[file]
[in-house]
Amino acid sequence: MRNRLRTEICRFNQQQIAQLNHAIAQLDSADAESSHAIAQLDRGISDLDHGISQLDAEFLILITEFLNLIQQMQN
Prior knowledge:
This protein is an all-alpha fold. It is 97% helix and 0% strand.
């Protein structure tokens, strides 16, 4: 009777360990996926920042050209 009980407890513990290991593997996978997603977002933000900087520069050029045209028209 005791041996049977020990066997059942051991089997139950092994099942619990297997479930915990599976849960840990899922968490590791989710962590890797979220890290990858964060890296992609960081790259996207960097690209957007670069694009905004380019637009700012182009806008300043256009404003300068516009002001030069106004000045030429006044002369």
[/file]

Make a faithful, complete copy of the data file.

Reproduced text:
[in-house]
Amino acid sequence: MRNRLRTEICRFNQQQIAQLNHAIAQLDSADAESSHAIAQLDRGISDLDHGISQLDAEFLILITEFLNLIQQMQN
Prior knowledge:
This protein is an all-alpha fold. It is 97% helix and 0% strand.
């Protein structure tokens, strides 16, 4: 009777360990996926920042050209 009980407890513990290991593997996978997603977002933000900087520069050029045209028209 005791041996049977020990066997059942051991089997139950092994099942619990297997479930915990599976849960840990899922968490590791989710962590890797979220890290990858964060890296992609960081790259996207960097690209957007670069694009905004380019637009700012182009806008300043256009404003300068516009002001030069106004000045030429006044002369």